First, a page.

The National Rifle Association's full-page ad {Oct. 28} raises some interesting questions. For example, we are asked, "Should You Shoot a Rapist Before He Cuts Your Throat?" Not many "Nos" to that question, I'll bet!

A more reasonable question might be: "How many potential rape victims are faced with the situation portrayed in this ad?" We are shown a menacing figure, with a stocking over his head, obviously intent on doing evil deeds. Given ample notice and adequate distance, an easily accessible gun might well be a lifesaver in this situation. However, since rapists are not generally noted for their thoughtfulness and courtesy, one suspects that this scenario is not too likely. In real life, isn't it much more likely that the gun would be turned against the victim?

Indeed, as more and more people arm themselves, chances are good that potential rapists will simply respond by being more alert and by arming themselves. -- David E. Siltman

Without question, there is very little possibility that any woman who is attacked by a man with a gun (or any weapon, for that matter) has time to pull a handgun from her purse or other location in the event of an unprovoked attack. Having been grabbed and threatened by an unknown assailant myself, and being familiar with other women who have been held by gunmen, I find the argument in the NRA ad ridiculous. At no point before, during or after the incident in which I was involved was there even one second when I thought I could "take responsibility for {my} own self-defense." That is because I would have been killed instantly by my attacker if I so much as moved. At what point does the NRA think I could have grabbed hold of a gun to "shoot a rapist before he cuts your throat"?

Your newspaper has let me down by accepting the advertising dollars it must have cost the NRA to run that full-page ad. I only hope that the organizations arguing for handgun control are allowed the same opportunity to argue their case, in as powerful a manner. Though notoriously underfunded, handgun control advocates are doing the right thing in pursuing legislation and education that will keep us all alive -- not potential victims of a shooting. -- Mary Lavelle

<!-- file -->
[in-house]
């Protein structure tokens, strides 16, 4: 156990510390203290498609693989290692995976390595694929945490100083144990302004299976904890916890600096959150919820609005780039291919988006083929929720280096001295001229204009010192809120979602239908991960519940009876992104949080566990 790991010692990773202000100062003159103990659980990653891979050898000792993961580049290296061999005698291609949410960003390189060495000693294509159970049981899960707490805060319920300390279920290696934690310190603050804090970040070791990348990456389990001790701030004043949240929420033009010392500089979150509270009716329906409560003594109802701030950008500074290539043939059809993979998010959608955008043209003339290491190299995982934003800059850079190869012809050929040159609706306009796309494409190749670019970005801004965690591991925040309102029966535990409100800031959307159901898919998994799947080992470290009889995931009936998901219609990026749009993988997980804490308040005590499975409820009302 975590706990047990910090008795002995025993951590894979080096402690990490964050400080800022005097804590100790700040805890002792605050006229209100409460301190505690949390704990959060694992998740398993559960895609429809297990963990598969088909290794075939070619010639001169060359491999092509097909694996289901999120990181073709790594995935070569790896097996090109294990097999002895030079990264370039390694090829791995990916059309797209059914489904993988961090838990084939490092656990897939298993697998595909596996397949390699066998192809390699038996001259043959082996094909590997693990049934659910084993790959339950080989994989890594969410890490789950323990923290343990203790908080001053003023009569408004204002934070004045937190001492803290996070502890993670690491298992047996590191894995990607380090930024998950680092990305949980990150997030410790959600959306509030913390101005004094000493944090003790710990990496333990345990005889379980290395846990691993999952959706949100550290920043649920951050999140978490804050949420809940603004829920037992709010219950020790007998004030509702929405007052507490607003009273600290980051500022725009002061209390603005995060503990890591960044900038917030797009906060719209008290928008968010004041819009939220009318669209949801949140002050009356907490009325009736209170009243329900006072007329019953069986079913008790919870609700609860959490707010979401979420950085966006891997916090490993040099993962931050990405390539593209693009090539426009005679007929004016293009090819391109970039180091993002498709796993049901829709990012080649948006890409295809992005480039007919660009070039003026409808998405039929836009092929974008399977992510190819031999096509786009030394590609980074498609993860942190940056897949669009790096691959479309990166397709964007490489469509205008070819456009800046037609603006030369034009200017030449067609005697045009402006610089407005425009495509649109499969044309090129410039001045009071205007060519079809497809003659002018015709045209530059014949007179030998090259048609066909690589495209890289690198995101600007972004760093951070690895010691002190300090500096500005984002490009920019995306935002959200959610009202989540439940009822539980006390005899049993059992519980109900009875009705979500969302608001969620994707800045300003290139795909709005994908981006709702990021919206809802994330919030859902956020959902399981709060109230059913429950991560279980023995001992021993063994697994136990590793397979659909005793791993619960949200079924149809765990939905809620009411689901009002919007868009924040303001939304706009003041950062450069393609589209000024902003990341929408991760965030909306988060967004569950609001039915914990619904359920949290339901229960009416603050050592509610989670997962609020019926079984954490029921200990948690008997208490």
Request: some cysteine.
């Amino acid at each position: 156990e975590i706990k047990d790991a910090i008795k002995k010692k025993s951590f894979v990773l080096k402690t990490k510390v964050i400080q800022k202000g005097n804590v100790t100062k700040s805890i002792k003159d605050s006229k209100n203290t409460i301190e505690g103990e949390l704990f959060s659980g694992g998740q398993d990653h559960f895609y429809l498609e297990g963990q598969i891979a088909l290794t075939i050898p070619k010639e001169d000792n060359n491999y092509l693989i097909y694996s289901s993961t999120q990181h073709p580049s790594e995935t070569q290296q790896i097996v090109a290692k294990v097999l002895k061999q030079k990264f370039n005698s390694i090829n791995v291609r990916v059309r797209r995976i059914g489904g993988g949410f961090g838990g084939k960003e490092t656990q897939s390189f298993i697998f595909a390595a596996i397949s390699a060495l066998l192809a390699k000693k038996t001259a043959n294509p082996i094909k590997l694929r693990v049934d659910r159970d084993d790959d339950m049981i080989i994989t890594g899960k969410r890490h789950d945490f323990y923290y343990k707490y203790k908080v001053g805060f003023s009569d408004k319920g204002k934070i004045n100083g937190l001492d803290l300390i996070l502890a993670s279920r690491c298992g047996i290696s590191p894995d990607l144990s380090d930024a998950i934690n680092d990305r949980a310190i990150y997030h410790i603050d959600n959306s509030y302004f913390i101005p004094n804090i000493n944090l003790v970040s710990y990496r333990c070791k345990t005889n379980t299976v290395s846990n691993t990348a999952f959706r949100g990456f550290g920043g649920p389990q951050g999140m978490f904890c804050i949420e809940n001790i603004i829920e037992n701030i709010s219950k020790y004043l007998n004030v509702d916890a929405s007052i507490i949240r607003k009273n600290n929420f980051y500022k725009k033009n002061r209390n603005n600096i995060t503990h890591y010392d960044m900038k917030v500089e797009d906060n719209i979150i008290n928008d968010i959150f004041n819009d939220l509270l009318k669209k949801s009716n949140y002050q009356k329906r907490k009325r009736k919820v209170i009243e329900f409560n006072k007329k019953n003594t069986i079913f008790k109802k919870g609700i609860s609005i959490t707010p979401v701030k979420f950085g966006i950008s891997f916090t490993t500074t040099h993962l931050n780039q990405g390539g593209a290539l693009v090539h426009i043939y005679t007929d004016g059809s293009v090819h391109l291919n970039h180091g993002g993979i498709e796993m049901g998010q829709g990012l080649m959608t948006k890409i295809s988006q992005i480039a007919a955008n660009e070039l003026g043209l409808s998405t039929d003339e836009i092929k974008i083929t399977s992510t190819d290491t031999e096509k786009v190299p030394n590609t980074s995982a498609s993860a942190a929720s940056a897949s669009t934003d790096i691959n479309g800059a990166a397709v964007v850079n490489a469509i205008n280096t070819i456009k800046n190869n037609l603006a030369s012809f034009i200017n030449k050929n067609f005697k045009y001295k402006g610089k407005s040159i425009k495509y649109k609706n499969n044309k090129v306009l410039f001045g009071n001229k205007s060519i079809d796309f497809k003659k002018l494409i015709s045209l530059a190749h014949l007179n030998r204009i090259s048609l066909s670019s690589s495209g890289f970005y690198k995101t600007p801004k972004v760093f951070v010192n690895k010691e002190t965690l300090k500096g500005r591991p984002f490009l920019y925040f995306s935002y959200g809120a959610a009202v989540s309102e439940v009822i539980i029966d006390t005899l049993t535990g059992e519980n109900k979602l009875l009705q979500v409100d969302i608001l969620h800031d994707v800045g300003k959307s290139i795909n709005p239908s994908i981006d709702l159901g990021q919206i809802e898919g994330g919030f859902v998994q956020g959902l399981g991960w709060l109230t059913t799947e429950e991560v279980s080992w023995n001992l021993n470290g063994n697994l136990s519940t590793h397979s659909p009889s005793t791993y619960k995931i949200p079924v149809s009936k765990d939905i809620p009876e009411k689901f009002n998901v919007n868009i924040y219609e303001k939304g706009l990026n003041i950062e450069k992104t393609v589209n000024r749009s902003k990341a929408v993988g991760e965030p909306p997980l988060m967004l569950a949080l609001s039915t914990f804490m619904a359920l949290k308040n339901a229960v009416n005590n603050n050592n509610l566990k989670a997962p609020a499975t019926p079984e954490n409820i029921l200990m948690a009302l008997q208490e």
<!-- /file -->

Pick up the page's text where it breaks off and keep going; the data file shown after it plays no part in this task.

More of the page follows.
The NRA's Oct. 28 ad concerning Americans' right to defend themselves says, in part: "One choice is a firearm, a deeply personal decision that requires deliberation, knowledge and maturity."

The NRA itself has managed to make that statement a glaring fallacy. On Page A14 of the same issue, there is an article about Arthur H. Kane, the stock investor in Florida who shot two brokers with a handgun, then killed himself. The article says that "he bought the revolver only 45 minutes earlier. He was able to walk out of the store immediately with the new weapon because of a new gun law passed this year in Florida." It is no secret that the law was passed, not because of public sentiment in its favor, but because of an intense lobbying effort by the NRA.

Kane apparently did not intend to use the handgun for personal protection and obviously was not compelled to consider his action with knowledge and maturity. The new law clearly eliminated the requirement for that. This is not to say that Kane would not have acquired a weapon elsewhere had the new law not been in effect, but it is certain that he would not have used that gun at that moment. It is just as certain that the brokers would not have had the opportunity to defend themselves with handguns -- unless, of course, they had been carrying the guns in their hands during Kane's visit.

Kane might not have done what he did had there been a waiting period required before purchasing the gun -- a period in which to exercise "deliberation, knowledge and maturity." Thanks to the NRA, the decision to own a handgun no longer requires that. So why do its ads say it does? -- Gregory Tinius